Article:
Most health and diet advice tends to focus on the types of food you’re putting in your body, but Brad Lamm believes why you eat is just as important as what you eat. As the founder of the Breathe Life Healing Center, he’s helped countless people change their eating habits and has noticed six distinct eating styles that initially hinder their path to better health. The key, Lamm tells #OWNSHOW in the above video, is pinpointing which eating style you most relate to and learning the triggers that have you heading to the kitchen.
These eaters tend to use food to fill an emotional void, closely linking their eating habits to their emotions without realizing what’s beneath the surface. “You confuse your feelings,” Lamm says. “You think, ‘I feel bored,’ but that’s camouflage for ‘I’m disconnected, or lonely, or angry, or sad, or even happy.’”
The trigger for an emotional eater, therefore, is that they excuse their binge eating by saying that they’re experiencing one of these particular feelings. To overcome this trigger, Lamm says, it’s all about awareness.
“Connect with the feeling [beneath the urge],” he says. “Also, consider a quarantine. For example: From 8 p.m. to bedtime, you find that’s the hardest time of the day; finish foraging and feeding at 8 p.m.”
Habitual eaters crave routine, and if that routine gets disrupted, chaos breaks loose. “When you get overscheduled, everything goes out the window,” Lamm says. “You make excuses [and the] ‘just this once’ routine comes up.”
To prevent this excuse from happening, Lamm suggests planning your meals. “Pack your own,” he says. “[Also, using] the mental reminder of ‘not my food’ is really useful when you’re looking at the food that doesn’t deserve you.”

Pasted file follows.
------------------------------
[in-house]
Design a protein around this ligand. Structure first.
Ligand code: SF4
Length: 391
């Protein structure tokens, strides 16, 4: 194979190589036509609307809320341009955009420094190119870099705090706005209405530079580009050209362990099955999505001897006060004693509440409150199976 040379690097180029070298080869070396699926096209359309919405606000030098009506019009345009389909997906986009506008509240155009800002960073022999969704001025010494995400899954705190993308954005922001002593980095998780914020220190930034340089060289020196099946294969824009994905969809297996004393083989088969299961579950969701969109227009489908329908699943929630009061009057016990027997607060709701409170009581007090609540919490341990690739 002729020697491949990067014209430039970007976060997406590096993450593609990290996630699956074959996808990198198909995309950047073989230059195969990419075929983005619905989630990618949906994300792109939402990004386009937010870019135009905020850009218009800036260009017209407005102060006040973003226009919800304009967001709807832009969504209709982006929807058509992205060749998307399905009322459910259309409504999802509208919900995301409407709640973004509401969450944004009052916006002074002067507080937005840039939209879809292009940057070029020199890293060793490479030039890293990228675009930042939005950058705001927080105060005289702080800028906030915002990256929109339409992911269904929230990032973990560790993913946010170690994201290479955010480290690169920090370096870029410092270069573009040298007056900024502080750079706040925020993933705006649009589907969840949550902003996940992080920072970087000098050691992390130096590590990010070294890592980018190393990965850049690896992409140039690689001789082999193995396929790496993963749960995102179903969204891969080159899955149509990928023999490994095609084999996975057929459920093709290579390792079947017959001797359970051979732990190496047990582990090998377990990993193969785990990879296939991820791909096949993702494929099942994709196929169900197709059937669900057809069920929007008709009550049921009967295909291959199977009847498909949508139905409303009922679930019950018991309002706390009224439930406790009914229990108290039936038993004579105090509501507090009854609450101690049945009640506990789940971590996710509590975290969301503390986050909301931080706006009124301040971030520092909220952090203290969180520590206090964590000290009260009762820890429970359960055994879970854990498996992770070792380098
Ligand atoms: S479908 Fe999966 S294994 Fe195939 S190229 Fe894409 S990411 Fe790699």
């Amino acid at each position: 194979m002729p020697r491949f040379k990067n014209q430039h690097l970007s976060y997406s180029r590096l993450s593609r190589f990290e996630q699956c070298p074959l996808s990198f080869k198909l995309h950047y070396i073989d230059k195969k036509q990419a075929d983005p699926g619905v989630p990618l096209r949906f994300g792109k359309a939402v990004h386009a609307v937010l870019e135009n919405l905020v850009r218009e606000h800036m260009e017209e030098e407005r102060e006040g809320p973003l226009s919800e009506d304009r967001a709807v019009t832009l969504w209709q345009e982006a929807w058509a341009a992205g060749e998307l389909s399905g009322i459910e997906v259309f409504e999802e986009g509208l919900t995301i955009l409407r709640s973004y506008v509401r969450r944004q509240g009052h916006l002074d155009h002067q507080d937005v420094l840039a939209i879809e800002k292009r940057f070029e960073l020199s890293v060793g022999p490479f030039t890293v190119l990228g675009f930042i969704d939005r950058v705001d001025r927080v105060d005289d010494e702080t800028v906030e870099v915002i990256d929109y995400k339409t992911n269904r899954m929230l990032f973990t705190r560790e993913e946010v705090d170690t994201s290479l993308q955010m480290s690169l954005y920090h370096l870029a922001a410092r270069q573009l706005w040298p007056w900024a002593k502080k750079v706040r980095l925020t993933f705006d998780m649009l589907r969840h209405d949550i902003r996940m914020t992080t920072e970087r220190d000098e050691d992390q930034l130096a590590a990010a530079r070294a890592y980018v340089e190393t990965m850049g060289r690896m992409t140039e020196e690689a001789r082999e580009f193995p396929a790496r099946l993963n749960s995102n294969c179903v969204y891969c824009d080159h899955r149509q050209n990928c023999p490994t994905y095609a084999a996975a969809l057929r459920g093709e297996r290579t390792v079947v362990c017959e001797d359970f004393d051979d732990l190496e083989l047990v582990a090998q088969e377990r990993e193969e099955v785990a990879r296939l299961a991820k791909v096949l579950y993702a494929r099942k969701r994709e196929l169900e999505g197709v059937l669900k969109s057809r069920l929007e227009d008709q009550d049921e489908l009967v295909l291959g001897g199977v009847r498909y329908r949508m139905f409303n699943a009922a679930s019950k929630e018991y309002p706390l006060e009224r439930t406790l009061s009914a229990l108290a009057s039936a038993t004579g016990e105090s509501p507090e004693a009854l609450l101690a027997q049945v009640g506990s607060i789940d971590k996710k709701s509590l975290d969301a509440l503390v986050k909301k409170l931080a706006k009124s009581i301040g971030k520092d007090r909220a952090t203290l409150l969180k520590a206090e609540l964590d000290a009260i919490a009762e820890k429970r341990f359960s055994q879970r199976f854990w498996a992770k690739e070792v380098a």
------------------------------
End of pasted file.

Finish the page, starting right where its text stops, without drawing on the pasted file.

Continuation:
“You see it, you eat it,” Lamm says of the external eater. “It’s the cupcake in the store window that cries out to you like a puppy, says, ‘Take me home!’”
What can help external eaters avoid this trap is distraction. “Phone a friend. Create something to take the place of the food you find ‘talking’ to you,” Lamm suggests. “Ask yourself, ‘Is this my food? Really, is this the kind of food I want to put into me?’”
Critical eaters have buckets of knowledge about food and fitness, but tend to get caught up in the rigid rules they’ve set for themselves. “You’re the person who has the diet down to a ritual… You tend toward all-or-nothing thinking with the food and habits around it,” Lamm explains.
So, he says, try relaxing your rules a bit. “Concentrate on a notion of ‘more good, less bad,”’ he adds. “Put fasts, cleanses and magic pill challenges at rest.”
For the sensual eater, food becomes about pleasure. “You make love to the savory sauces, the sweet confections,” Lamm says.
To prevent overindulgence, try this seemingly counterintuitive approach: Don’t deny yourself food. Instead, focus on portion control. “Really look at the volume,” Lamm says. “Split a meal, a side, a dessert. You don’t have to eat it all. [And] give yourself some time to enjoy the taste and textures, then listen when your belly says, ‘Hey, I’m satisfied.’”
These types of eaters respond to cues that many other tend to overlook, understanding when they are full and when they are actually hungry. The trouble, however, is that energy eaters still feel as if it’s not enough.
“This is my primary eating style,” Lamm admits. “The energy of a cycle of craving and feeding based on legit need and volume can actually really get confusing.”
Luckily, there’s one simple concept that can help keep energy eaters on the right track: Eat snacks no larger than your fist.
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